Scott F. Belcher, president and CEO of the Intelligent Transportation Society of America (ITS America), responded to the vehicle-to-vehicle communications announcement made by U.S. Secretary of Transportation Anthony Foxx and officials from the National Highway Traffic Safety Administration (NHTSA) and the Office of the Assistant Secretary for Research and Technology.
"Motor vehicle crashes are the leading cause of death for children and young adults in the U.S., with approximately 33,000 people killed and 2.3 million injured each year on America's roads," said Belcher. "While the auto industry has made great strides to reduce fatalities and injuries after a crash, the next giant leap is to enable real-time communication between vehicles and with the world around them so crashes can be avoided in the first place."
"This announcement represents a significant step forward in advancing the next generation of vehicle safety and automotive innovation, and is the result of years of collaboration between the transportation and high-tech industries and our federal, state and local partners," continued Belcher, who called it "a safety leap exceeding even seat belts and air bags."
"Thanks to the strong commitment by U.S. DOT and automotive leaders and years of investment by countless innovators and industry pioneers, the vision of 'talking' cars that avoid crashes is well on the way to becoming a reality. And we're not just talking about cars talking to cars, but about cars talking to bikes, trucks talking to motorcycles and even buses talking to pedestrians. This promises to significantly reduce the number of deaths and injuries on our nation's roads while unleashing a new wave of innovation from advanced traffic management systems and smart mobility apps to real-time traffic, transit and parking information. We look forward to working with U.S. DOT, the automakers and the high-tech industry to ensure that issues such as security and privacy are addressed as we work toward full scale adoption of this life-saving technology."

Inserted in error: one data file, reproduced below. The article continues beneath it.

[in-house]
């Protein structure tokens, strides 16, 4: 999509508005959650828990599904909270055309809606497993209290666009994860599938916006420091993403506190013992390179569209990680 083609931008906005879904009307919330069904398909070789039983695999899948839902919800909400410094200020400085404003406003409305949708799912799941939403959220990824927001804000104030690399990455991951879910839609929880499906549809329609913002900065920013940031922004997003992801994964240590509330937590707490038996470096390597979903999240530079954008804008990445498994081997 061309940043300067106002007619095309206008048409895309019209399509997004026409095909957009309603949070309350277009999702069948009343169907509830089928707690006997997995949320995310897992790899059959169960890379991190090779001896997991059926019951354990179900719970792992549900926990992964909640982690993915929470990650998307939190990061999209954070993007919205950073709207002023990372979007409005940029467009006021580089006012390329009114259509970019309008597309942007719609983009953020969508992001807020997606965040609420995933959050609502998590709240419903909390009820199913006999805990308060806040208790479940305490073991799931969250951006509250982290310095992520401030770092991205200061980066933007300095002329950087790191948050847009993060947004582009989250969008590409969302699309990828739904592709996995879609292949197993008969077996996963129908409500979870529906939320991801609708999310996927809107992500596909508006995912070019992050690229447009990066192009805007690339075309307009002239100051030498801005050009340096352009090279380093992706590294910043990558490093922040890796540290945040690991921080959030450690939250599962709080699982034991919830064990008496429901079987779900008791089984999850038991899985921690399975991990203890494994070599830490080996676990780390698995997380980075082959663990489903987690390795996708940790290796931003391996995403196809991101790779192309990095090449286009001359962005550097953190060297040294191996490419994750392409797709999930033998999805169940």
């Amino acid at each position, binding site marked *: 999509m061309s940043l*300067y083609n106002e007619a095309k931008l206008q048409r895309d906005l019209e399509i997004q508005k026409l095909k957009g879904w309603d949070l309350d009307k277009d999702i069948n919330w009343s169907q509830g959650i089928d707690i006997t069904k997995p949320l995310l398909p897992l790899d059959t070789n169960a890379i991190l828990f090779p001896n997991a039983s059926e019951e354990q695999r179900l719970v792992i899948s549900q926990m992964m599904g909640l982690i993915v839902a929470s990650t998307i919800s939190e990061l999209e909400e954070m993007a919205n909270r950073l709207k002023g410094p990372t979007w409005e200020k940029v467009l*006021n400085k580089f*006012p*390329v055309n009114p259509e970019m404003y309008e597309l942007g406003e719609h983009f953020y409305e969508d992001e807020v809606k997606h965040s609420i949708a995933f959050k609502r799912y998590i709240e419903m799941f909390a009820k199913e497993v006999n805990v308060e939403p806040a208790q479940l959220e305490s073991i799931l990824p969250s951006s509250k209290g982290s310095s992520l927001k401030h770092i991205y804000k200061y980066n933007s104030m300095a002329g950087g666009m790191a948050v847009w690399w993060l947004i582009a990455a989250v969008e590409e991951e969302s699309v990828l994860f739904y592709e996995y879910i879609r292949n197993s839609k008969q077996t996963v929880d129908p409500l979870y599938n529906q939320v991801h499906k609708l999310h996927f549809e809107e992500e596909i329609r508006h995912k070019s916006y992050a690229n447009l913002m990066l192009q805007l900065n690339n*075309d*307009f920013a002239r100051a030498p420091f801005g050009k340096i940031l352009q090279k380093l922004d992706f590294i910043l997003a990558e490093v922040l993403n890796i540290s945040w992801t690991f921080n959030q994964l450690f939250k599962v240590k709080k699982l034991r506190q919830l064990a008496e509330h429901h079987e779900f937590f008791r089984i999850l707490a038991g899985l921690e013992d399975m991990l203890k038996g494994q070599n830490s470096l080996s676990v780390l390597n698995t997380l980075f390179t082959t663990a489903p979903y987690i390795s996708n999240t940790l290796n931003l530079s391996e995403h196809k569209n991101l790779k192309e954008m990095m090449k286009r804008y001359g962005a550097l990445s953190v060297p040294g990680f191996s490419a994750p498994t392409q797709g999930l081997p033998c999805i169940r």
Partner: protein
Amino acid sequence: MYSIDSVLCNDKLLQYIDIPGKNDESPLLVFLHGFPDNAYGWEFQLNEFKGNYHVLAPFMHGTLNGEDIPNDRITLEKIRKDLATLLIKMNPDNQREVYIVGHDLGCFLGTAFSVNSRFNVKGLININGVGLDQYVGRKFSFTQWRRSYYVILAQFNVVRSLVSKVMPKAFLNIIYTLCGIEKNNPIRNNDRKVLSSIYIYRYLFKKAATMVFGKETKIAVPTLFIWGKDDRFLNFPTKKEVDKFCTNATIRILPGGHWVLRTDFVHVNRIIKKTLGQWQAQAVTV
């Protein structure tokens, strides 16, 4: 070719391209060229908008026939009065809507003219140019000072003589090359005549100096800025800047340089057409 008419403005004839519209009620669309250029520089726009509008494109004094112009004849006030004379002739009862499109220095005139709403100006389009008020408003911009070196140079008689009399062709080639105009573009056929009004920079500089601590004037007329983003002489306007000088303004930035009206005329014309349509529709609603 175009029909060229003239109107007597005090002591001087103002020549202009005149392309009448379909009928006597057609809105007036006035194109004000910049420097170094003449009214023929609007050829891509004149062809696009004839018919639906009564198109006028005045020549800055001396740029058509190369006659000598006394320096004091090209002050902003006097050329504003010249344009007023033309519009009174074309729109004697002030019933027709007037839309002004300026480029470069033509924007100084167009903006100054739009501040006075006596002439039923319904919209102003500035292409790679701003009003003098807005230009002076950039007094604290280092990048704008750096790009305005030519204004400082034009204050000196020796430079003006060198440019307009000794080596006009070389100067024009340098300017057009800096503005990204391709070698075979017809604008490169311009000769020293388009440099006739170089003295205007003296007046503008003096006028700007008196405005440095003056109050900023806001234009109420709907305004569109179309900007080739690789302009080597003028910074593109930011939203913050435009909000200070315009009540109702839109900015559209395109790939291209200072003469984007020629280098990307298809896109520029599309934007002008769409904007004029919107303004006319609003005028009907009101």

Belcher also thanked Federal Communications Commission (FCC) Chairman Tom Wheeler for his commitment to ensure that the 5.9 GHz band which supports V2V communications remains free from interference, which could result from expanded use of Wi-Fi in the band. The FCC allocated the 5.9 GHz band for the development of connected vehicle technology following ITS America's petition for spectrum to support this vital safety system. NHTSA estimates that connected vehicle technology could potentially address 80% of all unimpaired crash scenarios.
"While we are working closely with our partners in the wi-fi industry to explore the potential for spectrum sharing in the 5.9 GHz band, we are thrilled that Chairman Wheeler is outspoken in his commitment to putting safety first while we examine potential solutions. With more than 30,000 deaths on our nation's roads every year, it is critical that efforts to open up additional spectrum do not come at the expense of revolutionary life-saving technologies. And as automated vehicles begin to be rolled out over the next decade, vehicle-to-vehicle communications will be critical for preventing crashes and enabling drivers, operators and traffic managers to navigate this brand new world more safety and efficiently."
The U.S. DOT is currently sponsoring the largest naturalistic test of connected vehicle technology in the world in Ann Arbor, Mich.—the Safety Pilot Model Deployment—with nearly 3,000 cars, buses, trucks and motorcycles outfitted with 5.9 GHz dedicated short-range communications (DSRC) radios devices to test the effectiveness of vehicle-to-vehicle and vehicle-to-infrastructure communications. The National Transportation Safety Board made a formal recommendation last year that the technology be installed on all newly manufactured vehicles.
ITS America Leadership Circle Chair Peter F. Sweatman—director of the University of Michigan Transportation Research Institute (UMTRI), which is conducting the Safety Pilot in Ann Arbor—testified on behalf of ITS America before the House T&I Subcommittee on Highways and Transit last week about the latest developments in connected and automated vehicles, including collaborative efforts to deploy connected vehicle technology more broadly in southeast Michigan, which could serve as a model for nationwide deployment.